EdSource asked leaders representing all segments of California’s education system to comment on Gov. Newsom’s 2021-22 budget proposal. This year, we’ve presented their responses in reverse alphabetical order, which seemed apt for these topsy-turvey times.
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What stands out in the governor’s proposed budget for education?
There is a “closing-the-barn-door-after-the-horse-has-escaped” quality to the Covid-related parts of the governor’s education budget. Gov. Newsom closed most schools to in-person instruction last year, but now he says there is an immediate need to reopen schools. Why wasn’t there an immediate need much earlier? Because schools have been closed for so long, children have suffered huge academic learning losses. The governor wants to spend $4.6 billion to address student learning losses. But before the pandemic, less than a third of the state’s eighth graders scored at the proficient level on the 2019 National Assessment for Educational Progress math and reading tests. What confidence is there that California’s largely ineffective public school system will be able to fill-in student learning losses caused by the shutdowns?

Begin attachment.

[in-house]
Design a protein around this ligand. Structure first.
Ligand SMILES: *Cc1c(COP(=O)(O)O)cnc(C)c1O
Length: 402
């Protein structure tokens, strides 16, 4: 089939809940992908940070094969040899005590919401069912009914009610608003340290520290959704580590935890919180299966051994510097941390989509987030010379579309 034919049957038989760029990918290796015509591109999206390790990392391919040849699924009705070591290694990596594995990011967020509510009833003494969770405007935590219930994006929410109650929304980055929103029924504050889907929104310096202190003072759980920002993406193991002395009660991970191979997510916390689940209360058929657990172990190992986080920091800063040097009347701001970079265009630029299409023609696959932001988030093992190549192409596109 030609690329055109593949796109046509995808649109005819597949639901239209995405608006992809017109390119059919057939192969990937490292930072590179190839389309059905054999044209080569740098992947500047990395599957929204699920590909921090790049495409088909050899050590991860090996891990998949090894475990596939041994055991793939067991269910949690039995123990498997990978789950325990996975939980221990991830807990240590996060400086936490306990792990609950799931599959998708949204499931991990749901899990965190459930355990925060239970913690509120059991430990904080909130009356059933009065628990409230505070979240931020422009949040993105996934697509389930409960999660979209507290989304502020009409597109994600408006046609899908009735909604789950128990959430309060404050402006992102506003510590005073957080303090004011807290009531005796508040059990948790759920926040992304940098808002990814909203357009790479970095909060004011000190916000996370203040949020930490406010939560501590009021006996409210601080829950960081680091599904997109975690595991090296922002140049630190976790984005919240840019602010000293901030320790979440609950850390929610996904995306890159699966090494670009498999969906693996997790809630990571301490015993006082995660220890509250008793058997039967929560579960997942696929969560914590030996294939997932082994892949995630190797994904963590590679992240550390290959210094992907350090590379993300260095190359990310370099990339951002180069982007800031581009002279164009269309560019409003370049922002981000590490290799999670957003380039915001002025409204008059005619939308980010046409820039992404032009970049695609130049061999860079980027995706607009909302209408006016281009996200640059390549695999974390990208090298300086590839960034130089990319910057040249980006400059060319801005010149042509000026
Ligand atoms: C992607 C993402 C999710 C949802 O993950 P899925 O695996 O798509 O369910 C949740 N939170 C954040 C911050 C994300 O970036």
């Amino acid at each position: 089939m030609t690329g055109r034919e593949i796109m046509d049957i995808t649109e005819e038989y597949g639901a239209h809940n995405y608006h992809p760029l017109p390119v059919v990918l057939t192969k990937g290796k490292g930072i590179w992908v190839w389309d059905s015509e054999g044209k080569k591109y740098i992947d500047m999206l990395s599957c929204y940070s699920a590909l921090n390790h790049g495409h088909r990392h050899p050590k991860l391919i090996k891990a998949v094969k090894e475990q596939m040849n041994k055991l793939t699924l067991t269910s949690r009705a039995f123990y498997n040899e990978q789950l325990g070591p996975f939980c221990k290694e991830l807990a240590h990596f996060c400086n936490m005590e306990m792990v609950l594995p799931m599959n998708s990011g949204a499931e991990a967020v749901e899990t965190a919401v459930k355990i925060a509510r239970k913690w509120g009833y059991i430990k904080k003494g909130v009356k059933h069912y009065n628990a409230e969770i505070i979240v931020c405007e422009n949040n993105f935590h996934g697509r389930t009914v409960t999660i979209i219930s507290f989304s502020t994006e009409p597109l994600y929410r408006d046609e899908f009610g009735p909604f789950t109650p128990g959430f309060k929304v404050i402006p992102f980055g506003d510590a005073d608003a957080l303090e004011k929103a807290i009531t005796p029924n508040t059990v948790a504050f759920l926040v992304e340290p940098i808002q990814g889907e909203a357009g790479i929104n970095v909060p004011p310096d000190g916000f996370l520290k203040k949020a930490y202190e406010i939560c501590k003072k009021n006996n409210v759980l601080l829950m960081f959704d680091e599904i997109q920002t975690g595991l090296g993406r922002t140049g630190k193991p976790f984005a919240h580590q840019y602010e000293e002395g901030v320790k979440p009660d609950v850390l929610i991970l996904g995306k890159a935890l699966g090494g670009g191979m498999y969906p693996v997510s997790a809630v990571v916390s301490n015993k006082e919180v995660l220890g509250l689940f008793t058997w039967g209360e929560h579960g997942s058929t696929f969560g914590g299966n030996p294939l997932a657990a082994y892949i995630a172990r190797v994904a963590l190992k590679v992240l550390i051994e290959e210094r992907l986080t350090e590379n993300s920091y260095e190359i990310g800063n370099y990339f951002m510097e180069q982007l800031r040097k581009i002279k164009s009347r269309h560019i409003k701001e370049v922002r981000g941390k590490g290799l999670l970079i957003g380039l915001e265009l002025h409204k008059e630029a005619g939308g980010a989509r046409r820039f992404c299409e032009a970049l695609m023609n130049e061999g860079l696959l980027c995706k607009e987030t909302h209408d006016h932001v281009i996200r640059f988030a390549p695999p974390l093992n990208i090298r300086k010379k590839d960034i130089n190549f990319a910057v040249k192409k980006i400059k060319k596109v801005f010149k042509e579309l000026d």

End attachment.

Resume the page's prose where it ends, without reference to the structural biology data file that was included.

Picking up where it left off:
What changes would you recommend that the Legislature make to it?
Last year, Governor Newsom and the Legislature short-changed growing charter schools and virtual-learning charter schools of funding to which they should have been entitled. Funding in California has always followed the child, but Newsom and the Legislature only partially funded student growth at many growing charter schools and did not fund any student growth at virtual-learning charter schools. In response, separate lawsuits were filed by high-growth charter schools and by virtual-learning charters. Newsom’s proposed budget makes no attempt to restore the principle of funding following the child, at least where these charter schools are concerned. The governor and the Legislature should stop punishing children and fully fund the charter schools that they choose to attend.
Lance Izumi is the senior director of the Center for Education at the Pacific Research Institute.
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